In conclusion, increasing evidence highlights a key role for mental images in the experience of food cravings. Interference with these images from modality-specific cognitive tasks can effectively suppress such cravings, thereby paving the way for clinical interventions that target craving-driven problematic eating behavior.
Conflict of Interest Statement
The authors declare that the research was conducted in the absence of any commercial or financial relationships that could be construed as a potential conflict of interest.
This research was supported under the Australian Research Council’s Discovery Project funding scheme (project number DP0664435).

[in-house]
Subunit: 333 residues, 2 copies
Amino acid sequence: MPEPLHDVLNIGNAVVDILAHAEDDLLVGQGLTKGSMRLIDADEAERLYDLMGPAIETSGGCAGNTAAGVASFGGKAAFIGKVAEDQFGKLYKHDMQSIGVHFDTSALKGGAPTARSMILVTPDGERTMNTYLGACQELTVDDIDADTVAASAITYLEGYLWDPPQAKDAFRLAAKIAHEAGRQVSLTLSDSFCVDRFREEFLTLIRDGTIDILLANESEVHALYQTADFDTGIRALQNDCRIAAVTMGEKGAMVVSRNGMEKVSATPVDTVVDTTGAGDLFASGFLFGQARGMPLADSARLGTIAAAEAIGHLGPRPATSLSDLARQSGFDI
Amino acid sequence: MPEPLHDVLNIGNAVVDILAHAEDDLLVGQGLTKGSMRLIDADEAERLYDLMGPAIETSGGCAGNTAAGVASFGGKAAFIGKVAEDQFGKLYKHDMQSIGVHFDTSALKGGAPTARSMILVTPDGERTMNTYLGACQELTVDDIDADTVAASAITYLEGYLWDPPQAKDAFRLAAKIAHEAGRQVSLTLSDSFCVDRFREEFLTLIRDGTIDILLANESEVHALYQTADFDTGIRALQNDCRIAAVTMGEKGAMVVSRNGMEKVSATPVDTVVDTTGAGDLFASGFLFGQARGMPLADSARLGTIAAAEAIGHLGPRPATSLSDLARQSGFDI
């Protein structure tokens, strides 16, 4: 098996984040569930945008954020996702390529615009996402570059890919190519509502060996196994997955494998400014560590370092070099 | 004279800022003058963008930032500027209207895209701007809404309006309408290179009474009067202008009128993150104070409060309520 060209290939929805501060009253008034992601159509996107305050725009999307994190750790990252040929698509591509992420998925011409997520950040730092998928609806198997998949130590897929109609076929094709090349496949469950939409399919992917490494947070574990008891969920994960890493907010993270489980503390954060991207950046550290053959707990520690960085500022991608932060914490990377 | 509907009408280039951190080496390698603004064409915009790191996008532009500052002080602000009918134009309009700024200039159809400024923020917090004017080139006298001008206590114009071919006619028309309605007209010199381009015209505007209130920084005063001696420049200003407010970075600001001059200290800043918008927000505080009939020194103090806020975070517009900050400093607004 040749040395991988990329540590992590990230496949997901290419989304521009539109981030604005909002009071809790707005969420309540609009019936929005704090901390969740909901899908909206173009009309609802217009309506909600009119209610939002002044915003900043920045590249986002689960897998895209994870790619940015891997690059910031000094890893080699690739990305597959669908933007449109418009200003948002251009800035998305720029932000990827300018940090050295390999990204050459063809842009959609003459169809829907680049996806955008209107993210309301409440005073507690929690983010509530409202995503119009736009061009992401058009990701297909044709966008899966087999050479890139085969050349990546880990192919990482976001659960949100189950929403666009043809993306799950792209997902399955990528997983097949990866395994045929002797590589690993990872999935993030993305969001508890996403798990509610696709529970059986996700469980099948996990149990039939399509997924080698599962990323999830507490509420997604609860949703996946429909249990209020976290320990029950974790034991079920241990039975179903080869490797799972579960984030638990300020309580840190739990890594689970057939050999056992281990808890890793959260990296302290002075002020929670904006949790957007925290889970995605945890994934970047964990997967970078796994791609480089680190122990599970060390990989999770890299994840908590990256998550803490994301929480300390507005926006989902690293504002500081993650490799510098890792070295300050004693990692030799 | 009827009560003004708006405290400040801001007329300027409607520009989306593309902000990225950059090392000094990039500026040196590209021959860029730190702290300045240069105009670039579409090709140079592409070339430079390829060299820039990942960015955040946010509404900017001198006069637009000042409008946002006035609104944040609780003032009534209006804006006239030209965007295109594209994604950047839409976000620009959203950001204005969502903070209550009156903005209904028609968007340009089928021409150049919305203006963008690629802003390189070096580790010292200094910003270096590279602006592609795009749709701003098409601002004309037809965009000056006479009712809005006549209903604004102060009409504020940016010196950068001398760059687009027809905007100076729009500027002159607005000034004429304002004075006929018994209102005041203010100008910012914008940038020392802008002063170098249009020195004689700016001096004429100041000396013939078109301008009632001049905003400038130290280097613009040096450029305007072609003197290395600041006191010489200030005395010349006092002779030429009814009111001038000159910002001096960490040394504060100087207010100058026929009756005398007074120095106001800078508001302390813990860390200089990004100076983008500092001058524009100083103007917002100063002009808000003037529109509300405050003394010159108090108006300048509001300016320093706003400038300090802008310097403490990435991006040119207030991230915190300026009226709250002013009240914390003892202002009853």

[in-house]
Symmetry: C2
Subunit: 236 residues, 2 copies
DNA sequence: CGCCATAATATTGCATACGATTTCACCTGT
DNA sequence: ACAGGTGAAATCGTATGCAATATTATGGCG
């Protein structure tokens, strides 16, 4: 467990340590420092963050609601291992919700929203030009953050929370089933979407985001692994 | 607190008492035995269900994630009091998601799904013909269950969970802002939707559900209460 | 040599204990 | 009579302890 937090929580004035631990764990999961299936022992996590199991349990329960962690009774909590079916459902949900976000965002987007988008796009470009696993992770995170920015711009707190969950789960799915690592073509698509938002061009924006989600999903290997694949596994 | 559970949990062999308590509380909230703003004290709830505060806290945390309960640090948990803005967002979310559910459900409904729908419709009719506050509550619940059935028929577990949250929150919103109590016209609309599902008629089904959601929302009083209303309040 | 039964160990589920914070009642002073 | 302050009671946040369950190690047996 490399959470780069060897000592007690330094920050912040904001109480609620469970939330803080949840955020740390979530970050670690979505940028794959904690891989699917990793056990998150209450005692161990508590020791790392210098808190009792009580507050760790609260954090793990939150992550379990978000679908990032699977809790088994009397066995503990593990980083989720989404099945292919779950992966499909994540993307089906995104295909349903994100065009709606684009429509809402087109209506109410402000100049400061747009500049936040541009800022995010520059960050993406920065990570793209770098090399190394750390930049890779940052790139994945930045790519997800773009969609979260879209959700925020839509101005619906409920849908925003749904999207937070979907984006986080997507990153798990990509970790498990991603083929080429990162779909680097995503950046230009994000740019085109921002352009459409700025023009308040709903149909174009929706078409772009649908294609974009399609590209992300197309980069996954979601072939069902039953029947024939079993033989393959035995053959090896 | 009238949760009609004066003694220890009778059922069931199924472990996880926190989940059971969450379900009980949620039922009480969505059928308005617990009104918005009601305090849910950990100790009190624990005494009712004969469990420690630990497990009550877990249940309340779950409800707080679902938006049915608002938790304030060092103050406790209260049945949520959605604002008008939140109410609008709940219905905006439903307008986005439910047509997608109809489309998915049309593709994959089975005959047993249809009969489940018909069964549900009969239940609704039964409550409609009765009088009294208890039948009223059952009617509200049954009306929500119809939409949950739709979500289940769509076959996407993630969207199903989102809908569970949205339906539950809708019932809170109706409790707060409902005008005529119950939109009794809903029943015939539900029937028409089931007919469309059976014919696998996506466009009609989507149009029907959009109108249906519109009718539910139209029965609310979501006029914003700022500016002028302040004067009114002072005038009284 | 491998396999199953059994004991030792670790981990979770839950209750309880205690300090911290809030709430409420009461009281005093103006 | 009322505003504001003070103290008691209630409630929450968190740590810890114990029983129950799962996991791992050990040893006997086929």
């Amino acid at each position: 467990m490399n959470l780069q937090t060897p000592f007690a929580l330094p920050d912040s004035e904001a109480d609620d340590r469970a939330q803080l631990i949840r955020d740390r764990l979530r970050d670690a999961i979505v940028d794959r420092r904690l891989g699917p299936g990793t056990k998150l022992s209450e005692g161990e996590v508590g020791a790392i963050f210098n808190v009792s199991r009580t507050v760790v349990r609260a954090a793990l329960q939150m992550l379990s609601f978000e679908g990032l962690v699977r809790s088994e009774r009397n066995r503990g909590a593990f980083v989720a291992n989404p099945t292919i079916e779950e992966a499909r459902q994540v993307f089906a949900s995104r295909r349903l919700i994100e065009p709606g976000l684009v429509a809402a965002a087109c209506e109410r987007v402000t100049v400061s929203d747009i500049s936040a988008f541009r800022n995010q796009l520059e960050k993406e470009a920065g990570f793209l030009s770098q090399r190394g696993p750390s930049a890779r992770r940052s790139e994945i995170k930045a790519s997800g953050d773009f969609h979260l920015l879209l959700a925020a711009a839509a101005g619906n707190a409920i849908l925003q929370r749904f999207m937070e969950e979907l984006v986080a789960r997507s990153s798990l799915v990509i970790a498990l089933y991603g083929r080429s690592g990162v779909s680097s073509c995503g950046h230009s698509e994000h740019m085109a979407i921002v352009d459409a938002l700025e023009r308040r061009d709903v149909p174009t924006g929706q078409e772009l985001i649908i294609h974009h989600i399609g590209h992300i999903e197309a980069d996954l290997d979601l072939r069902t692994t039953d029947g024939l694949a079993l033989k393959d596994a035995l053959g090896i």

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Keywords: mental imagery, cravings, food, craving reduction, cognitive intervention, food intake
Citation: Kemps E and Tiggemann M (2015) A role for mental imagery in the experience and reduction of food cravings. Front. Psychiatry 5:193. doi: 10.3389/fpsyt.2014.00193
Received: 30 October 2014; Paper pending published: 24 November 2014;
Accepted: 16 December 2014; Published online: 06 January 2015.
Edited by:David G. Pearson, University of Aberdeen, UK
Reviewed by:Jackie Andrade, Plymouth University, UK
Marianne Little, Utrecht University, Netherlands
Copyright: © 2015 Kemps and Tiggemann. This is an open-access article distributed under the terms of the Creative Commons Attribution License (CC BY). The use, distribution or reproduction in other forums is permitted, provided the original author(s) or licensor are credited and that the original publication in this journal is cited, in accordance with accepted academic practice. No use, distribution or reproduction is permitted which does not comply with these terms.